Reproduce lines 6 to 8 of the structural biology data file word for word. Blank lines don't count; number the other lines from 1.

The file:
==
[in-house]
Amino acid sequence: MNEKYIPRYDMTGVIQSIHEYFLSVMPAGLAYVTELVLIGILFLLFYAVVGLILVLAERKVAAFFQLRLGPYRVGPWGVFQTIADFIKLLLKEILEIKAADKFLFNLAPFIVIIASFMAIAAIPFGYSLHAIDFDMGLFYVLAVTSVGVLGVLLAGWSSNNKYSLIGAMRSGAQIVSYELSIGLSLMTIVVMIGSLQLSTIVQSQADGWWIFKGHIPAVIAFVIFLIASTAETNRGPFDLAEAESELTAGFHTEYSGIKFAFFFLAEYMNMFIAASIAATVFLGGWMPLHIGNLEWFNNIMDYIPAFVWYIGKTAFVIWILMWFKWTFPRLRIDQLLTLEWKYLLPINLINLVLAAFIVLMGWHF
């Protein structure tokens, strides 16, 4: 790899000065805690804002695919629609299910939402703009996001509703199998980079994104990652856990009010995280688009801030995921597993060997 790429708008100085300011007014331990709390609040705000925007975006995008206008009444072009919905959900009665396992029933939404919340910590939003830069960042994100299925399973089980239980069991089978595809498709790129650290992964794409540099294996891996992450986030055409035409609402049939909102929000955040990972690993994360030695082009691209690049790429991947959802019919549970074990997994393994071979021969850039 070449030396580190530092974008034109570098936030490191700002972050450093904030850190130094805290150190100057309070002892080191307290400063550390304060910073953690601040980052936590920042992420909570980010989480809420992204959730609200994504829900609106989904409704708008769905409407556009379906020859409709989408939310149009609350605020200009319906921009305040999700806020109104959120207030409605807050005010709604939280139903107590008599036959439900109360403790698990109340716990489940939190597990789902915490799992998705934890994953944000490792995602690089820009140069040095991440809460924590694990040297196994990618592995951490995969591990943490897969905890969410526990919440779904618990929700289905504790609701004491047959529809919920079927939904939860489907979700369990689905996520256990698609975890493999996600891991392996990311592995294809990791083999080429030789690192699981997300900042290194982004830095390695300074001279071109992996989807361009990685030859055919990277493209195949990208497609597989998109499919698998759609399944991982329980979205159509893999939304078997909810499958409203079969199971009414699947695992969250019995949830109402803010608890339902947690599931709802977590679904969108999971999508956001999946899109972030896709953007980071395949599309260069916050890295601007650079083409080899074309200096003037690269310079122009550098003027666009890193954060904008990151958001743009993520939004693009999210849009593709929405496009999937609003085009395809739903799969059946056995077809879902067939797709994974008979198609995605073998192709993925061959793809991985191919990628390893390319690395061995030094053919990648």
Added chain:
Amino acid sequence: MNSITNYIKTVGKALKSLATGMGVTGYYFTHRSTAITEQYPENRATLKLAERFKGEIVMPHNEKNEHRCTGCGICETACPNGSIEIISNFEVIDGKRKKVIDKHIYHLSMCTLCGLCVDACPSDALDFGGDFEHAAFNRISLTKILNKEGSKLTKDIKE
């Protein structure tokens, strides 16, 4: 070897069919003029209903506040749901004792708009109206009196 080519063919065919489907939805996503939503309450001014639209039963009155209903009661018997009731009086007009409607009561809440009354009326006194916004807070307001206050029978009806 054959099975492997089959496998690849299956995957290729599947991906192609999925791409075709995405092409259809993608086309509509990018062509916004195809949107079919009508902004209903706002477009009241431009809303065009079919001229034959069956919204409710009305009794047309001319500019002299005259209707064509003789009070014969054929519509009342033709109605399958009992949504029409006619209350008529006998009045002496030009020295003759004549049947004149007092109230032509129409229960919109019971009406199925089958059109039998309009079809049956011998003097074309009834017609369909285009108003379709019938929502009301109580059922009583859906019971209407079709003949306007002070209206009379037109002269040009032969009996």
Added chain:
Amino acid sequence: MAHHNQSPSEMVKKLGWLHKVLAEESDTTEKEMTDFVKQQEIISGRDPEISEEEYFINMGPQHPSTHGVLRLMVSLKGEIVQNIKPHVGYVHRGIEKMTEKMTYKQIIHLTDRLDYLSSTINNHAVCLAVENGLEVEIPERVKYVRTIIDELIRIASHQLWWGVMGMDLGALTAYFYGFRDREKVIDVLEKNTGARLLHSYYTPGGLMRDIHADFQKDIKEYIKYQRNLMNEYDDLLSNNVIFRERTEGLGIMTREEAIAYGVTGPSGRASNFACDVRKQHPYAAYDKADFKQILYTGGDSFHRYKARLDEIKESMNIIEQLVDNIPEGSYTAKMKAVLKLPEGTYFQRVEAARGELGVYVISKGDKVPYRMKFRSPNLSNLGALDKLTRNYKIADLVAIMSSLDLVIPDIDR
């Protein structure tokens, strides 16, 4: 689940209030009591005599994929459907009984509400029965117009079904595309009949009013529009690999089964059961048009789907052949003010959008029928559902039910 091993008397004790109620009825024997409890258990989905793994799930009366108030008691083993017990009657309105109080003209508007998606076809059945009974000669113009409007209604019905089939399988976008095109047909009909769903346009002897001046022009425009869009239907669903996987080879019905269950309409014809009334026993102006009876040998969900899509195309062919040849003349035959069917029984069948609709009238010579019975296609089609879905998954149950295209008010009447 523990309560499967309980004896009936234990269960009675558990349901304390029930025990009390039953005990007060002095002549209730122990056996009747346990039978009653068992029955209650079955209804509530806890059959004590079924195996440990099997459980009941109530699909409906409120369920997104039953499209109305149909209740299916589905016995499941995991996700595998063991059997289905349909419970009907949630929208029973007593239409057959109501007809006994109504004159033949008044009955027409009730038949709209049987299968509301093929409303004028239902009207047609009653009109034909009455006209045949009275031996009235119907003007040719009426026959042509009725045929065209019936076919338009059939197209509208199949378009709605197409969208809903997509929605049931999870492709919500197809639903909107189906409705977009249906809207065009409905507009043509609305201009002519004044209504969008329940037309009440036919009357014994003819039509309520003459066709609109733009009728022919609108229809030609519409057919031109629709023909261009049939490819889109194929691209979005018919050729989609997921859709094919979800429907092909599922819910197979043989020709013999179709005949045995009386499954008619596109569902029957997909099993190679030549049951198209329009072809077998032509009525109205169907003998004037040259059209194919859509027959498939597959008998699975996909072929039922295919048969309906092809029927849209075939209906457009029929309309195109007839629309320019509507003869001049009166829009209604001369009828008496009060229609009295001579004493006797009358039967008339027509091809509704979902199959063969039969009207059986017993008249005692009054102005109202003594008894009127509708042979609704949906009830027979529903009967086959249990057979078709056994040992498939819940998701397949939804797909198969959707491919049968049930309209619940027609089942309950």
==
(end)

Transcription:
């Protein structure tokens, strides 16, 4: 070897069919003029209903506040749901004792708009109206009196 080519063919065919489907939805996503939503309450001014639209039963009155209903009661018997009731009086007009409607009561809440009354009326006194916004807070307001206050029978009806 054959099975492997089959496998690849299956995957290729599947991906192609999925791409075709995405092409259809993608086309509509990018062509916004195809949107079919009508902004209903706002477009009241431009809303065009079919001229034959069956919204409710009305009794047309001319500019002299005259209707064509003789009070014969054929519509009342033709109605399958009992949504029409006619209350008529006998009045002496030009020295003759004549049947004149007092109230032509129409229960919109019971009406199925089958059109039998309009079809049956011998003097074309009834017609369909285009108003379709019938929502009301109580059922009583859906019971209407079709003949306007002070209206009379037109002269040009032969009996």
Added chain:
Amino acid sequence: MAHHNQSPSEMVKKLGWLHKVLAEESDTTEKEMTDFVKQQEIISGRDPEISEEEYFINMGPQHPSTHGVLRLMVSLKGEIVQNIKPHVGYVHRGIEKMTEKMTYKQIIHLTDRLDYLSSTINNHAVCLAVENGLEVEIPERVKYVRTIIDELIRIASHQLWWGVMGMDLGALTAYFYGFRDREKVIDVLEKNTGARLLHSYYTPGGLMRDIHADFQKDIKEYIKYQRNLMNEYDDLLSNNVIFRERTEGLGIMTREEAIAYGVTGPSGRASNFACDVRKQHPYAAYDKADFKQILYTGGDSFHRYKARLDEIKESMNIIEQLVDNIPEGSYTAKMKAVLKLPEGTYFQRVEAARGELGVYVISKGDKVPYRMKFRSPNLSNLGALDKLTRNYKIADLVAIMSSLDLVIPDIDR